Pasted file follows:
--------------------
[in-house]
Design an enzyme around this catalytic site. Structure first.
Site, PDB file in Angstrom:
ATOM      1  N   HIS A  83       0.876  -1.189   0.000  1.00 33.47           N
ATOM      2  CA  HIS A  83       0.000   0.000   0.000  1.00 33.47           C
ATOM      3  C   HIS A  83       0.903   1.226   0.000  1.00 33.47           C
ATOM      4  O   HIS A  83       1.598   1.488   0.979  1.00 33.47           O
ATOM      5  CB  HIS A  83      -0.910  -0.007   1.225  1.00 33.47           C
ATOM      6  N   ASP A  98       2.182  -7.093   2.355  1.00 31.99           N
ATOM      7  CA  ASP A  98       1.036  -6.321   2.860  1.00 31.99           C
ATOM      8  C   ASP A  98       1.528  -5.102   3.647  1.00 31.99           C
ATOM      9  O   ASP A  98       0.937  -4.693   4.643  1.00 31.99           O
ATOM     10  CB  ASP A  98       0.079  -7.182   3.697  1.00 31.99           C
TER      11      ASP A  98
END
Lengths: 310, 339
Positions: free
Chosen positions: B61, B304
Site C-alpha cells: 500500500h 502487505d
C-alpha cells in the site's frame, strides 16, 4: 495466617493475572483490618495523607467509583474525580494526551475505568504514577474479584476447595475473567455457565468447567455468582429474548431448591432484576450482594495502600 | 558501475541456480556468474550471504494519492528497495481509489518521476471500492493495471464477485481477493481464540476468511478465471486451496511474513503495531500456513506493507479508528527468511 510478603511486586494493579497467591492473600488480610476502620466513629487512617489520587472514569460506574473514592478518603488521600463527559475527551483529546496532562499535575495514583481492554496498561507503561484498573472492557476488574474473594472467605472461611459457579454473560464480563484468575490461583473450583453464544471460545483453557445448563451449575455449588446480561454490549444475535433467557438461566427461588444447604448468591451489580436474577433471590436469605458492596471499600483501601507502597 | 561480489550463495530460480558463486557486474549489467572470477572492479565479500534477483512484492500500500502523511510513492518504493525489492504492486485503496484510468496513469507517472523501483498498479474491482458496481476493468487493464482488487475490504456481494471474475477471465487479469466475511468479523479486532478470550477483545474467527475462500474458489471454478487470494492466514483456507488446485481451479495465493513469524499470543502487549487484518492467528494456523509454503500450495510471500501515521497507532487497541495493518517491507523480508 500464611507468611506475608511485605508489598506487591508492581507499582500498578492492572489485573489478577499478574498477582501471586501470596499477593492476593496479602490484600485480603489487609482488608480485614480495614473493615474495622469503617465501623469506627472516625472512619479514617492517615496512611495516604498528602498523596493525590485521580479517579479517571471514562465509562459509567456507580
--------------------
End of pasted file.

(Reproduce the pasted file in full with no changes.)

[in-house]
Design an enzyme around this catalytic site. Structure first.
Site, PDB file in Angstrom:
ATOM      1  N   HIS A  83       0.876  -1.189   0.000  1.00 33.47           N
ATOM      2  CA  HIS A  83       0.000   0.000   0.000  1.00 33.47           C
ATOM      3  C   HIS A  83       0.903   1.226   0.000  1.00 33.47           C
ATOM      4  O   HIS A  83       1.598   1.488   0.979  1.00 33.47           O
ATOM      5  CB  HIS A  83      -0.910  -0.007   1.225  1.00 33.47           C
ATOM      6  N   ASP A  98       2.182  -7.093   2.355  1.00 31.99           N
ATOM      7  CA  ASP A  98       1.036  -6.321   2.860  1.00 31.99           C
ATOM      8  C   ASP A  98       1.528  -5.102   3.647  1.00 31.99           C
ATOM      9  O   ASP A  98       0.937  -4.693   4.643  1.00 31.99           O
ATOM     10  CB  ASP A  98       0.079  -7.182   3.697  1.00 31.99           C
TER      11      ASP A  98
END
Lengths: 310, 339
Positions: free
Chosen positions: B61, B304
Site C-alpha cells: 500500500h 502487505d
C-alpha cells in the site's frame, strides 16, 4: 495466617493475572483490618495523607467509583474525580494526551475505568504514577474479584476447595475473567455457565468447567455468582429474548431448591432484576450482594495502600 | 558501475541456480556468474550471504494519492528497495481509489518521476471500492493495471464477485481477493481464540476468511478465471486451496511474513503495531500456513506493507479508528527468511 510478603511486586494493579497467591492473600488480610476502620466513629487512617489520587472514569460506574473514592478518603488521600463527559475527551483529546496532562499535575495514583481492554496498561507503561484498573472492557476488574474473594472467605472461611459457579454473560464480563484468575490461583473450583453464544471460545483453557445448563451449575455449588446480561454490549444475535433467557438461566427461588444447604448468591451489580436474577433471590436469605458492596471499600483501601507502597 | 561480489550463495530460480558463486557486474549489467572470477572492479565479500534477483512484492500500500502523511510513492518504493525489492504492486485503496484510468496513469507517472523501483498498479474491482458496481476493468487493464482488487475490504456481494471474475477471465487479469466475511468479523479486532478470550477483545474467527475462500474458489471454478487470494492466514483456507488446485481451479495465493513469524499470543502487549487484518492467528494456523509454503500450495510471500501515521497507532487497541495493518517491507523480508 500464611507468611506475608511485605508489598506487591508492581507499582500498578492492572489485573489478577499478574498477582501471586501470596499477593492476593496479602490484600485480603489487609482488608480485614480495614473493615474495622469503617465501623469506627472516625472512619479514617492517615496512611495516604498528602498523596493525590485521580479517579479517571471514562465509562459509567456507580